An assured confirmation of the Brazilian singer’s potential.
Kevin Le Gendre 2011
Since its birth in the mid-50s, bossa nova has been one of Brazil’s greatest gifts to modern music. Rhythm, harmony and melody blend with such fluidity and lightness of touch that the notes don’t so much bounce as skip into sensual life. A vocalist such as Sabrina Malheiros has the kind of finesse in her timbre and delivery to uphold the legacy of the genre’s iconic exponents, reaching right back to Elis Regina via Flora Purim and Joyce.
This third album from the 30-something Carioca is an assured confirmation of the potential that marked her 2005 debut, Equilibria; but there are still a few steps left for her take along the evolutionary ladder before she delivers a true chef d’oeuvre. On the plus side, Malheiros has a highly competent supporting cast that includes her father Alex, bassist of Brazilian jazz-fusion institution Azymuth, as well as drummer Robertino Silva, and the precision and purring warmth of the rhythm and horn section pay big dividends on Opará and Primeira. Again, in accordance with bossa’s core vocabulary, the use of a bridge with a fey descending chord sequence delivers the customary killer blow of moody melancholia that is hard to resist.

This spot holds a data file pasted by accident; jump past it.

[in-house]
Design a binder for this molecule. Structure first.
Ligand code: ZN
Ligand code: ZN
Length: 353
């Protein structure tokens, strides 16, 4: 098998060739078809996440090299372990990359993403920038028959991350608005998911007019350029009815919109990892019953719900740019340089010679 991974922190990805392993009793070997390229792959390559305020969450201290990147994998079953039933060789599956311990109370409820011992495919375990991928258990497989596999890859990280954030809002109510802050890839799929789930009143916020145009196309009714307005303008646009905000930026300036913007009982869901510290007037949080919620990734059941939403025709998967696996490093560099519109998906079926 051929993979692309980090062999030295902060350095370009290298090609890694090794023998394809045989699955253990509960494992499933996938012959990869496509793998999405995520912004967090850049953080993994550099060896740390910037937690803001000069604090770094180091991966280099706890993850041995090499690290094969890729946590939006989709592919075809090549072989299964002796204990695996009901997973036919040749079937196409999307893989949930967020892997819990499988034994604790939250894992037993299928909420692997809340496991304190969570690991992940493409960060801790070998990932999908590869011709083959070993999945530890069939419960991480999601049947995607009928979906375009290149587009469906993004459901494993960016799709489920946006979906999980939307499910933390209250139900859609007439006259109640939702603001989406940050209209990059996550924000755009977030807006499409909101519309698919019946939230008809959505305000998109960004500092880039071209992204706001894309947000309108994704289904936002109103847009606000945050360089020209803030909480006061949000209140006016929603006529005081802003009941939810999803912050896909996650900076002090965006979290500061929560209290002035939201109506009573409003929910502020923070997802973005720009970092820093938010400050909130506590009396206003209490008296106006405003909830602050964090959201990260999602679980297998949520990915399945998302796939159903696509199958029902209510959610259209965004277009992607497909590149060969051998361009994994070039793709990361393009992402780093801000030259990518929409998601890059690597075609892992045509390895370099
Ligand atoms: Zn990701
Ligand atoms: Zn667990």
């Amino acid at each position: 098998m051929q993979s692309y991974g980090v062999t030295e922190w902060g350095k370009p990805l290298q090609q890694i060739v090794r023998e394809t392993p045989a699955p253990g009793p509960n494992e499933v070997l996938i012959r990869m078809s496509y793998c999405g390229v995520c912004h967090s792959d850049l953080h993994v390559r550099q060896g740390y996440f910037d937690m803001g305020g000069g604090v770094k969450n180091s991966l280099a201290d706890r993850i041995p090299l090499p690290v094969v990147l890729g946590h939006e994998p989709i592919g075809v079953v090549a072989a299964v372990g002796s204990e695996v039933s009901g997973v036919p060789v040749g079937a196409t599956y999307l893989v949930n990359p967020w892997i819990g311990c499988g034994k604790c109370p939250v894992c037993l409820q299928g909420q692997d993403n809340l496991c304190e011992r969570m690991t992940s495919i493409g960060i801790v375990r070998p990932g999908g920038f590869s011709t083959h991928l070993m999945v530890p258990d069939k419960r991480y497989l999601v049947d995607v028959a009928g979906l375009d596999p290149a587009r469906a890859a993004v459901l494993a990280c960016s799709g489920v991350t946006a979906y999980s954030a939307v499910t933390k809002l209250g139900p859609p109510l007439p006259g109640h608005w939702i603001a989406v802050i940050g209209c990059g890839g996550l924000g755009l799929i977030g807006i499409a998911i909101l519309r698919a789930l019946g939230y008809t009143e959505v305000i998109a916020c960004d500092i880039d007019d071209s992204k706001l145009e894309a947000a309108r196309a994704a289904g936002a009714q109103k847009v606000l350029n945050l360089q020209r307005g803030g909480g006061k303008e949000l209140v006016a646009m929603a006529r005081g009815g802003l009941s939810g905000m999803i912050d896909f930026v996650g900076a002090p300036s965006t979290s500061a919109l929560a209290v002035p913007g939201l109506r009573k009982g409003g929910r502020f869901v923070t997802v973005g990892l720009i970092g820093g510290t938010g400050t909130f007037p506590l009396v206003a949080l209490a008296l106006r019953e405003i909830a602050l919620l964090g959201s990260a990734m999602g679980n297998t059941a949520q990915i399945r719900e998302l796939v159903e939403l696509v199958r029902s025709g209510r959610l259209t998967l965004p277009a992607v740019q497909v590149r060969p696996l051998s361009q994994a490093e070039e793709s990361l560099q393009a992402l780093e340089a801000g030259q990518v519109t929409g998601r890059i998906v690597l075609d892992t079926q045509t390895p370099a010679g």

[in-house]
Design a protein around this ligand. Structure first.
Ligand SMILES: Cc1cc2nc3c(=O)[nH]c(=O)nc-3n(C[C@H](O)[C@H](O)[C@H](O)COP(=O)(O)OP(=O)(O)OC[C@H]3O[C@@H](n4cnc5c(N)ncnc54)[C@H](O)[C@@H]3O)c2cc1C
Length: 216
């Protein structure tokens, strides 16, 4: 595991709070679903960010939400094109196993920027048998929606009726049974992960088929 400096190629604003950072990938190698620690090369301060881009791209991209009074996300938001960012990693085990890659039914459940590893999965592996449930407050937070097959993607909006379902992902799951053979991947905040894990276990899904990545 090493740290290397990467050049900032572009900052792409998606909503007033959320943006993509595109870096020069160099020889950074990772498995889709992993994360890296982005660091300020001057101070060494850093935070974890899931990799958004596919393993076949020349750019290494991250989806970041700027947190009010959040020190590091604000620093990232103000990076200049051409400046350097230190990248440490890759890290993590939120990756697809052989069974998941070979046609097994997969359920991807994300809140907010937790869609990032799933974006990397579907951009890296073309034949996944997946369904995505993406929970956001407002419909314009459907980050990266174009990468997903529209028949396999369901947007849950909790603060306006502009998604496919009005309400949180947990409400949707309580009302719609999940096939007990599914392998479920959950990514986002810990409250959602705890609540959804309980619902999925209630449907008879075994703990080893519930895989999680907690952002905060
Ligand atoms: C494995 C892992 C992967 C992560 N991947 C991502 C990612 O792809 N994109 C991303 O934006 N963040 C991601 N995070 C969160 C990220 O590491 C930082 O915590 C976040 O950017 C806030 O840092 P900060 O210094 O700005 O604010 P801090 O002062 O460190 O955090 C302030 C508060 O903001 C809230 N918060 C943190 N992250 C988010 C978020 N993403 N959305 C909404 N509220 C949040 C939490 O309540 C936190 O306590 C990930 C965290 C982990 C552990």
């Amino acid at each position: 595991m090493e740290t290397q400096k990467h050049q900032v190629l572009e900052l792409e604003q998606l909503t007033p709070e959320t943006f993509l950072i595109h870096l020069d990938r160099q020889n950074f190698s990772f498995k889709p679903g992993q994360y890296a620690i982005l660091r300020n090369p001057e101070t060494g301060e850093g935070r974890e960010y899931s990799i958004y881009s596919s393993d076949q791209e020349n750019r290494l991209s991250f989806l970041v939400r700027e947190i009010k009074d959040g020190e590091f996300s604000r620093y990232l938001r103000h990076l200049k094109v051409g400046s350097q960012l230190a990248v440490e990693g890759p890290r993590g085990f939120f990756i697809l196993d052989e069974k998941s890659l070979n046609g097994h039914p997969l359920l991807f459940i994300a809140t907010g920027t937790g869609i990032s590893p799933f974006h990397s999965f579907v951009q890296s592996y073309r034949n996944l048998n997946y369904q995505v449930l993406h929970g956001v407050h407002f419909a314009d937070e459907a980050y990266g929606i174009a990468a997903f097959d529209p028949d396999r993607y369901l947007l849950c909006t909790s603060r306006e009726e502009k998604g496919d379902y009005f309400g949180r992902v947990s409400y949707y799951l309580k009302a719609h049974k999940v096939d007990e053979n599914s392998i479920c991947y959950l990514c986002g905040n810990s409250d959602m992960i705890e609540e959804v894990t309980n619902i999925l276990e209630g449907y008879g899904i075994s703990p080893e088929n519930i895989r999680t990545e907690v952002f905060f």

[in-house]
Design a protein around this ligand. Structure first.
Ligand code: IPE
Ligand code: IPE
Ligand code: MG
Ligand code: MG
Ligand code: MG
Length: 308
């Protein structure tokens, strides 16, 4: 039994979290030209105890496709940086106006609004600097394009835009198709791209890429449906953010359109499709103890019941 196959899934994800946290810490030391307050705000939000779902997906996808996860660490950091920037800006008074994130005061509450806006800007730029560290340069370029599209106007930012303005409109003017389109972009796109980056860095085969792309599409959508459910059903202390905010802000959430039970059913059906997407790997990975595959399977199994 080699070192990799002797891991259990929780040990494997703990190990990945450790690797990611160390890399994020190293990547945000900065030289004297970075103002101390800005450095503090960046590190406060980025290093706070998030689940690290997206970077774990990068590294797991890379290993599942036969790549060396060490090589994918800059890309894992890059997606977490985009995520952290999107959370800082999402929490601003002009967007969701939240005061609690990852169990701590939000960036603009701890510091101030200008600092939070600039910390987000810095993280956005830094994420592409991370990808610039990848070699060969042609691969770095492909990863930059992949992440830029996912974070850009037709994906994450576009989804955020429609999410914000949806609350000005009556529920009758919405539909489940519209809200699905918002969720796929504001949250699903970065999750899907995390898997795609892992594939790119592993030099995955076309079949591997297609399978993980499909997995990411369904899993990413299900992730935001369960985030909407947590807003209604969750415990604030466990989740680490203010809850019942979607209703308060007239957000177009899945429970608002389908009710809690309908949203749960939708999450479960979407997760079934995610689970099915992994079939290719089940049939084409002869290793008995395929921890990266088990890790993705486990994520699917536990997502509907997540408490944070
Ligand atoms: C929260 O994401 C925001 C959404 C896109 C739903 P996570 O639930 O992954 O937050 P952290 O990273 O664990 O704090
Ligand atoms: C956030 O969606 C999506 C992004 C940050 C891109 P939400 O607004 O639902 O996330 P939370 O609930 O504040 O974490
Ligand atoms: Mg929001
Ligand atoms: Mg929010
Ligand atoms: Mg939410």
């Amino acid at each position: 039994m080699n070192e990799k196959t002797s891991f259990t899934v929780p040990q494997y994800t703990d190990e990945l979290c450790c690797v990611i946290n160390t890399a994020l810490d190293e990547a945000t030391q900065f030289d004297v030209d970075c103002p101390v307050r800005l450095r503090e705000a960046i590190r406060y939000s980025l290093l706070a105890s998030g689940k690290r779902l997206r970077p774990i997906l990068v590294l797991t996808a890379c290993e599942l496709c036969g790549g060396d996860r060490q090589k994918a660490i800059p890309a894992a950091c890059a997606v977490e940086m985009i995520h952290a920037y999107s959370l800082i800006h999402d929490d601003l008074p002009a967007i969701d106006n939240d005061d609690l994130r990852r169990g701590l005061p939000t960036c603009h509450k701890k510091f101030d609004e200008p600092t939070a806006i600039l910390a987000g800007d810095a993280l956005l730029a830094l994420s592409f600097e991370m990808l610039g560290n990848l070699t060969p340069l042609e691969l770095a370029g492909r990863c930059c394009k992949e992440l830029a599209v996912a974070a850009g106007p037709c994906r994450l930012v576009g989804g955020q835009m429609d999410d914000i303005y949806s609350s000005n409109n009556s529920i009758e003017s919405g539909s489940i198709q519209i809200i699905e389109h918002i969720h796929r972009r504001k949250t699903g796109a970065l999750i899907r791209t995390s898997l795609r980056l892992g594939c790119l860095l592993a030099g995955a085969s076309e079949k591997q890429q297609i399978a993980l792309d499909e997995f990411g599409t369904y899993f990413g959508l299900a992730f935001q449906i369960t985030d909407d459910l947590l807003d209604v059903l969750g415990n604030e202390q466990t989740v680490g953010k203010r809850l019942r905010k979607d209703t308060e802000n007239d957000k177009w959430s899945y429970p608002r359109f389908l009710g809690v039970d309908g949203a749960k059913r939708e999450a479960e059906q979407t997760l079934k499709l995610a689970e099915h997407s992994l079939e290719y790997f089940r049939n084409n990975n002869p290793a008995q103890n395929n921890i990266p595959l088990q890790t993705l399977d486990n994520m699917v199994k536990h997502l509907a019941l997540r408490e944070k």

On the minus side, the material, co-written and produced by Daniel ‘Venom’ Maunick, can tend to the derivative at times. When the arrangements edge into more overtly soulful terrain, the ghost of Banda Black Rio or Paulinho da Costa, the veteran percussionist whose superb mid-70s albums have supplied The Black Eyed Peas with some of their best breaks, creates a sense of déjà vu that is more than a touch discomfiting. Sensitive to the need for the subtlety and grace that define the bossa genre, Maunick steers, for the most part, an artful course through acoustic and electric streams; but there are moments when he could rock out towards murkier, choppier waters that reflect more explicitly his proven credentials in the world of drum‘n’bass. He is possibly being too understated, and occasionally the music falls dangerously near to the misty chill-out zone that did for Bebel Gilberto.